Well, so will a character. It’s actually a law (so sayeth I). The more you pursue a character outside of the dialogue arena, the more they’ll elude you. It’s communication that establishes what’s real, you see (and oh, isn’t that a heady topic for another blog post). Nevertheless, my point is you can’t create a “real” character unless you communicate with them.

Yes, you probably ought to know if your character has blue eyes or brown. But you don’t need to know this detail until it’s time to present it in the story to your readers. There’s a difference between character development and plot development. The latter needs to be well thought out (at least if you hope to minimize agonizing rewrites), but the former, in truth, can be as much of an adventure as telling the story itself.

Allow me an illustrative digression:

When I first began writing Cephrael’s Hand (the ancient date of which falling somewhere between the Santa Maria banging its hull against America’s toe and the genus of the internet), I created a character named Björn. In his entourage was an impudent zanthyr named Phaedor. Now, I made up the name zanthyr off the top of my head as I wrote the scene. It sounded cool. I wondered what a zanthyr would be and decided he would have two forms, one human, one animal, and since zanthyr rhymed with panther, I gave him wings because nothing is cooler than a gigantic predatory cat that can fly.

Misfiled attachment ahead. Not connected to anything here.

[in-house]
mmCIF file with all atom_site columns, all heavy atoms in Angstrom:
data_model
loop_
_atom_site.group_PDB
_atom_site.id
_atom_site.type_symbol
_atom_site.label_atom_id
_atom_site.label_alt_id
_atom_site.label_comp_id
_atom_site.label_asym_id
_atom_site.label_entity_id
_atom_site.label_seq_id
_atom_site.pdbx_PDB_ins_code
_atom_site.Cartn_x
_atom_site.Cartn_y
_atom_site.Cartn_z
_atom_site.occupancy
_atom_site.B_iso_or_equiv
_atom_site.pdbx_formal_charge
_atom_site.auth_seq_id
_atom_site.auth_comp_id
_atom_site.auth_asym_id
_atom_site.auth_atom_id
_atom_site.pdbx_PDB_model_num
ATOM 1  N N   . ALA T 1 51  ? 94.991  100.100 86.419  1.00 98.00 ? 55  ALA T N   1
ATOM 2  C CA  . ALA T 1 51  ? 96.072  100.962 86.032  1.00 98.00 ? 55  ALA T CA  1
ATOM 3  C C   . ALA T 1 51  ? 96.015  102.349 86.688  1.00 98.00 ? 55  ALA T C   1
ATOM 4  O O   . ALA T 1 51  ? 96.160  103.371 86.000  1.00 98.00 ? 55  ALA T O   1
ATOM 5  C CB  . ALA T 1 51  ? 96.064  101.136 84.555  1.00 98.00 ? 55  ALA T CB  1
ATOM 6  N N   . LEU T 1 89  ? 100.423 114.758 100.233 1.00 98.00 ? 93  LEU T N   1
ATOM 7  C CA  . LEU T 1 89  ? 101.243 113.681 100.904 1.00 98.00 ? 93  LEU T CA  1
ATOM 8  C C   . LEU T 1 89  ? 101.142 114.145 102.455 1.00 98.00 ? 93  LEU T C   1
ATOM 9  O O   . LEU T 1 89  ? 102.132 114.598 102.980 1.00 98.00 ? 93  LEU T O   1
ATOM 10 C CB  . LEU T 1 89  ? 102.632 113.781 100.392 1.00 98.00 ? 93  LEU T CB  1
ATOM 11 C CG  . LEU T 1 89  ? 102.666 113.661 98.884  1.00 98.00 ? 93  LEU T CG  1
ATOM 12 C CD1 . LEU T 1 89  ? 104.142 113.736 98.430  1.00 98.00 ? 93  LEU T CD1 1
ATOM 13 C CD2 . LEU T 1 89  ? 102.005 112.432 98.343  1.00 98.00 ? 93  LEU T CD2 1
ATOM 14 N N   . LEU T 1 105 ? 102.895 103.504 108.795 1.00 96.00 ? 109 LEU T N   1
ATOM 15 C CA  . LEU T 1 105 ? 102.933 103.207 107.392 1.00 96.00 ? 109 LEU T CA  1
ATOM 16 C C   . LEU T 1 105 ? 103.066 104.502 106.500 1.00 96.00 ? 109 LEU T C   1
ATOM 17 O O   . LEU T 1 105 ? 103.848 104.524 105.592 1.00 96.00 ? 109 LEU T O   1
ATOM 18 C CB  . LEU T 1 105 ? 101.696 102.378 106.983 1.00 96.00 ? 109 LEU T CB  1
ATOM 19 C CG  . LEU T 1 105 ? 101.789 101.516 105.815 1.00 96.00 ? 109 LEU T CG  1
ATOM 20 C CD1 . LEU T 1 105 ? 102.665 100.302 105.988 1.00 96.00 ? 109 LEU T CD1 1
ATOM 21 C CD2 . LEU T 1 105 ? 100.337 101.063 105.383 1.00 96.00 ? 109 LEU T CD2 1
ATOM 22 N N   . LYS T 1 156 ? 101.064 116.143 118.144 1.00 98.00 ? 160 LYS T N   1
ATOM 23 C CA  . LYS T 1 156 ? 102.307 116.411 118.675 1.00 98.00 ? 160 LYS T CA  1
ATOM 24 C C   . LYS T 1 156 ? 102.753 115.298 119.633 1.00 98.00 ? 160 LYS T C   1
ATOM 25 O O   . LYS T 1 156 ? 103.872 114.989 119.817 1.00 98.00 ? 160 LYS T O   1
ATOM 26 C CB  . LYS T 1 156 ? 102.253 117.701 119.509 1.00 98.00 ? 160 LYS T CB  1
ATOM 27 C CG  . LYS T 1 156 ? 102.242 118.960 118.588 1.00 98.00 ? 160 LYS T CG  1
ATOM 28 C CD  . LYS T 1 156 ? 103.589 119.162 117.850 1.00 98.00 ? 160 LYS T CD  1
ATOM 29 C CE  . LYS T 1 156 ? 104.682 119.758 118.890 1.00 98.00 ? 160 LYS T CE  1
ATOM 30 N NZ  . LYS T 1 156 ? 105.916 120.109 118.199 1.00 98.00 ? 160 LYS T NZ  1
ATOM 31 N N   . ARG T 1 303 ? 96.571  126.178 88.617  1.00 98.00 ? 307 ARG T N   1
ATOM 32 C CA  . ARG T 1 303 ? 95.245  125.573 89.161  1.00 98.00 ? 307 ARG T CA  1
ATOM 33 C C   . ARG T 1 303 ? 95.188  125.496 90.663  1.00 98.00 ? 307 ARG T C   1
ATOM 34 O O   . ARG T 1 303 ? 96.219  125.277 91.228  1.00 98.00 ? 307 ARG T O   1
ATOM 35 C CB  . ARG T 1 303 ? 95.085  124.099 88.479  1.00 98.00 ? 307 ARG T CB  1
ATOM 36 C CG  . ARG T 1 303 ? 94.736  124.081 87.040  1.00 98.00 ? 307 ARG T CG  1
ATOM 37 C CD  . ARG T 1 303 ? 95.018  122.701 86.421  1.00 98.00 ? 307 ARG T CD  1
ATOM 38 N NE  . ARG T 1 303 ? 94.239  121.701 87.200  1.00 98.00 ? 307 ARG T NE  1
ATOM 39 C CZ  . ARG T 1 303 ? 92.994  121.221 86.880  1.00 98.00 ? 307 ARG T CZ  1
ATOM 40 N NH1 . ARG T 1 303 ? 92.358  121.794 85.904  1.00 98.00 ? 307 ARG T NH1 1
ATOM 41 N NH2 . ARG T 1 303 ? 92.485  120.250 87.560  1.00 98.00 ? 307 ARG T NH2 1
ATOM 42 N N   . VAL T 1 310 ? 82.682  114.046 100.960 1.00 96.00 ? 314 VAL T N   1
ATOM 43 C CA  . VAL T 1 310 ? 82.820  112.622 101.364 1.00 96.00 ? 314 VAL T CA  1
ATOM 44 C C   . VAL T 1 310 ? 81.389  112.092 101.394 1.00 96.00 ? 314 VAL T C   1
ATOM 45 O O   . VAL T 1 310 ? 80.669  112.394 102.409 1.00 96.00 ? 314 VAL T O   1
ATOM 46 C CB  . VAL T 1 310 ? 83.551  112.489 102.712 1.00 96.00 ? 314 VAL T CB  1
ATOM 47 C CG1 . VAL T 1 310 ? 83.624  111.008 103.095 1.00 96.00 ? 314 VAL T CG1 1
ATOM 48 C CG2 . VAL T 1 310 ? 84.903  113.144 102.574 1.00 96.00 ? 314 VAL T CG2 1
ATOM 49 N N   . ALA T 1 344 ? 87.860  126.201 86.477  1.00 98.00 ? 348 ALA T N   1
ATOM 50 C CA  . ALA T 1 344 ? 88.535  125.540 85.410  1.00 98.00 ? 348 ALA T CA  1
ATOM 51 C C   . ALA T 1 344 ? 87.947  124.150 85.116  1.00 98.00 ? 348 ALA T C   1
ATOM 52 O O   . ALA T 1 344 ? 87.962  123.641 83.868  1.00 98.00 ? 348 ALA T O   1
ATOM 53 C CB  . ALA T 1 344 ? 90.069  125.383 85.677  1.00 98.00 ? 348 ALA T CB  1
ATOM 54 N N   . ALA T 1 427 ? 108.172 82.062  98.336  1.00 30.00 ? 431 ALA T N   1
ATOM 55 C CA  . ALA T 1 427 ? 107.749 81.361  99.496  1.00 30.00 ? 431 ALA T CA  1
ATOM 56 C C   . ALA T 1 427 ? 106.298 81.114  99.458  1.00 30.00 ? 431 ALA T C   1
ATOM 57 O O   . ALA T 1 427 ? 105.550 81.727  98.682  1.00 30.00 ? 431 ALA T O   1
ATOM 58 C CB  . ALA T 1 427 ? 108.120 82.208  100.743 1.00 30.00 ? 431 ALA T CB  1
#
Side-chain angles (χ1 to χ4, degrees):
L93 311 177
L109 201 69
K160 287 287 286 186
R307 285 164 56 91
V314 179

Now, those of you who’ve read my novel(s) will shriek to know it was originally my intention to kill Phaedor off near the end of that first draft. Please try to contain your horror, for what happened instead is the proof for this post. 

True to form, Phaedor had no intention of being dispensed with like an inconsequential paper bag sticky with the remains of my kids’ PB&J. Though he was a very different character at the beginning of that earliest chapter, by the time I neared conclusion of my first draft, he had become so compelling, so pivotal, that I couldn’t conceive of losing him. And as my readers well know, now I simply couldn’t tell the story without him.

Not to belabor the point, but to be clear, Phaedor was not the product of a character schematic explored and defined with exhaustive detail. He was born into the story by the magic that is creation and grew as he built relationships with other characters, as my own relationship with him grew. I learned about him along with everyone else by observing his interaction in dialogue. Fourteen versions and seventeen years later, I understand him better than my kids.

Listen, you can’t know what lies beyond the next hill when the next hill doesn’t exist until you write it. Lists can be helpful, but they can’t be the end-all, be-all. Let your characters come alive as you write and relish the endless surprises they’ll provide you. That’s when you’ll find the thrill and adventure of storytelling really begins.

What works for you? Have lists been truly helpful or do you have another means of bringing your characters to life?

Pin It on Pinterest